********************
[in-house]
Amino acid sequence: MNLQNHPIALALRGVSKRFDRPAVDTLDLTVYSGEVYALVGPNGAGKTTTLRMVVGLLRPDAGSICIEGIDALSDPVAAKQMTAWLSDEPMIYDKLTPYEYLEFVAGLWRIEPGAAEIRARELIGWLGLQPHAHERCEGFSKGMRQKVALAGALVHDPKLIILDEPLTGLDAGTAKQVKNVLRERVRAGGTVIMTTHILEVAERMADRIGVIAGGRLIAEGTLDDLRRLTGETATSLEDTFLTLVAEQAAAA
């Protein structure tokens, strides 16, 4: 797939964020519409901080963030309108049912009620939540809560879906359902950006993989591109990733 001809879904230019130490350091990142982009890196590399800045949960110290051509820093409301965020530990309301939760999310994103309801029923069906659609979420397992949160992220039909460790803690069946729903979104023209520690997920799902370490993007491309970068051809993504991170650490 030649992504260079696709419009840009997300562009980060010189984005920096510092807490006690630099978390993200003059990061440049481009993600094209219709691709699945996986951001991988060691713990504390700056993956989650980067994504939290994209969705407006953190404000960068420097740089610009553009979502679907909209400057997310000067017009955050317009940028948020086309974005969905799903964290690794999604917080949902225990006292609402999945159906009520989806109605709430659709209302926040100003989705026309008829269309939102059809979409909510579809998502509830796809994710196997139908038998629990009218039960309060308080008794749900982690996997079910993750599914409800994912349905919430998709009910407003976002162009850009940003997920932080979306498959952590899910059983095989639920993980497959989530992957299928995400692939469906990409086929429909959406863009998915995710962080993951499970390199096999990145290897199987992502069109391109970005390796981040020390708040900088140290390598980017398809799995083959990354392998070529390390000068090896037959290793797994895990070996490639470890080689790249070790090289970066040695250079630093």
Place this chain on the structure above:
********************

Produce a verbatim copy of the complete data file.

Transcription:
[in-house]
Amino acid sequence: MNLQNHPIALALRGVSKRFDRPAVDTLDLTVYSGEVYALVGPNGAGKTTTLRMVVGLLRPDAGSICIEGIDALSDPVAAKQMTAWLSDEPMIYDKLTPYEYLEFVAGLWRIEPGAAEIRARELIGWLGLQPHAHERCEGFSKGMRQKVALAGALVHDPKLIILDEPLTGLDAGTAKQVKNVLRERVRAGGTVIMTTHILEVAERMADRIGVIAGGRLIAEGTLDDLRRLTGETATSLEDTFLTLVAEQAAAA
């Protein structure tokens, strides 16, 4: 797939964020519409901080963030309108049912009620939540809560879906359902950006993989591109990733 001809879904230019130490350091990142982009890196590399800045949960110290051509820093409301965020530990309301939760999310994103309801029923069906659609979420397992949160992220039909460790803690069946729903979104023209520690997920799902370490993007491309970068051809993504991170650490 030649992504260079696709419009840009997300562009980060010189984005920096510092807490006690630099978390993200003059990061440049481009993600094209219709691709699945996986951001991988060691713990504390700056993956989650980067994504939290994209969705407006953190404000960068420097740089610009553009979502679907909209400057997310000067017009955050317009940028948020086309974005969905799903964290690794999604917080949902225990006292609402999945159906009520989806109605709430659709209302926040100003989705026309008829269309939102059809979409909510579809998502509830796809994710196997139908038998629990009218039960309060308080008794749900982690996997079910993750599914409800994912349905919430998709009910407003976002162009850009940003997920932080979306498959952590899910059983095989639920993980497959989530992957299928995400692939469906990409086929429909959406863009998915995710962080993951499970390199096999990145290897199987992502069109391109970005390796981040020390708040900088140290390598980017398809799995083959990354392998070529390390000068090896037959290793797994895990070996490639470890080689790249070790090289970066040695250079630093």
Place this chain on the structure above: